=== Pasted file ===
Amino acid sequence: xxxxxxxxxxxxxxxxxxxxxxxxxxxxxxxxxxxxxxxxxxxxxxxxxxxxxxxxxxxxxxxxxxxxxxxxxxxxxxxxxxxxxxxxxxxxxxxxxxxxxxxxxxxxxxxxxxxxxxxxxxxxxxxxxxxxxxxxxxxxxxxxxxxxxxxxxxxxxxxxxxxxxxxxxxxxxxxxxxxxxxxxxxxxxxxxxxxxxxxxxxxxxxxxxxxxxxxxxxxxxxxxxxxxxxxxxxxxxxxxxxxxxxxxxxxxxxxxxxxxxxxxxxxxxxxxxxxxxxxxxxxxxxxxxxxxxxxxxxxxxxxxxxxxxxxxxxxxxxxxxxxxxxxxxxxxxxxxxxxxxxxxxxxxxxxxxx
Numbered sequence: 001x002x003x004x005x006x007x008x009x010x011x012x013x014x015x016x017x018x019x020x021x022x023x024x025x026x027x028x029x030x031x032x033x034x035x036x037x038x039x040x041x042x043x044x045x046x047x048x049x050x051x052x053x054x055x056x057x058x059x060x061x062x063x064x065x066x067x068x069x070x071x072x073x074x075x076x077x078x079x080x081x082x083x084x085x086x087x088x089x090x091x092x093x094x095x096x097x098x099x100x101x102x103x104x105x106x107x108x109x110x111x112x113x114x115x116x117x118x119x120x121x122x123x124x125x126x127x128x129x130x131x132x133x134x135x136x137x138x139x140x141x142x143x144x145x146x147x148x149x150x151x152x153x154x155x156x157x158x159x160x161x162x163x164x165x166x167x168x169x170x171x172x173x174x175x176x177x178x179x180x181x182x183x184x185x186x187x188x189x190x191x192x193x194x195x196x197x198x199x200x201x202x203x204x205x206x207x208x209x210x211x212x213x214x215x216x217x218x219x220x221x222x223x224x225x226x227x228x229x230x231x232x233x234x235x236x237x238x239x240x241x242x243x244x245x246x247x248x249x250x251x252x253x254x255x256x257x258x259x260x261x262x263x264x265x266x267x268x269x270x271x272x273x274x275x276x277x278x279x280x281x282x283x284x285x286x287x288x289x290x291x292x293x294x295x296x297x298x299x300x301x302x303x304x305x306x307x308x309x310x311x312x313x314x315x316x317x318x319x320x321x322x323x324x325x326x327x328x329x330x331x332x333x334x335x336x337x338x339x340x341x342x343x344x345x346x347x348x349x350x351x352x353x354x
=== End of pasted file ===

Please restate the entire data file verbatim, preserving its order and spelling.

Amino acid sequence: xxxxxxxxxxxxxxxxxxxxxxxxxxxxxxxxxxxxxxxxxxxxxxxxxxxxxxxxxxxxxxxxxxxxxxxxxxxxxxxxxxxxxxxxxxxxxxxxxxxxxxxxxxxxxxxxxxxxxxxxxxxxxxxxxxxxxxxxxxxxxxxxxxxxxxxxxxxxxxxxxxxxxxxxxxxxxxxxxxxxxxxxxxxxxxxxxxxxxxxxxxxxxxxxxxxxxxxxxxxxxxxxxxxxxxxxxxxxxxxxxxxxxxxxxxxxxxxxxxxxxxxxxxxxxxxxxxxxxxxxxxxxxxxxxxxxxxxxxxxxxxxxxxxxxxxxxxxxxxxxxxxxxxxxxxxxxxxxxxxxxxxxxxxxxxxxxx
Numbered sequence: 001x002x003x004x005x006x007x008x009x010x011x012x013x014x015x016x017x018x019x020x021x022x023x024x025x026x027x028x029x030x031x032x033x034x035x036x037x038x039x040x041x042x043x044x045x046x047x048x049x050x051x052x053x054x055x056x057x058x059x060x061x062x063x064x065x066x067x068x069x070x071x072x073x074x075x076x077x078x079x080x081x082x083x084x085x086x087x088x089x090x091x092x093x094x095x096x097x098x099x100x101x102x103x104x105x106x107x108x109x110x111x112x113x114x115x116x117x118x119x120x121x122x123x124x125x126x127x128x129x130x131x132x133x134x135x136x137x138x139x140x141x142x143x144x145x146x147x148x149x150x151x152x153x154x155x156x157x158x159x160x161x162x163x164x165x166x167x168x169x170x171x172x173x174x175x176x177x178x179x180x181x182x183x184x185x186x187x188x189x190x191x192x193x194x195x196x197x198x199x200x201x202x203x204x205x206x207x208x209x210x211x212x213x214x215x216x217x218x219x220x221x222x223x224x225x226x227x228x229x230x231x232x233x234x235x236x237x238x239x240x241x242x243x244x245x246x247x248x249x250x251x252x253x254x255x256x257x258x259x260x261x262x263x264x265x266x267x268x269x270x271x272x273x274x275x276x277x278x279x280x281x282x283x284x285x286x287x288x289x290x291x292x293x294x295x296x297x298x299x300x301x302x303x304x305x306x307x308x309x310x311x312x313x314x315x316x317x318x319x320x321x322x323x324x325x326x327x328x329x330x331x332x333x334x335x336x337x338x339x340x341x342x343x344x345x346x347x348x349x350x351x352x353x354x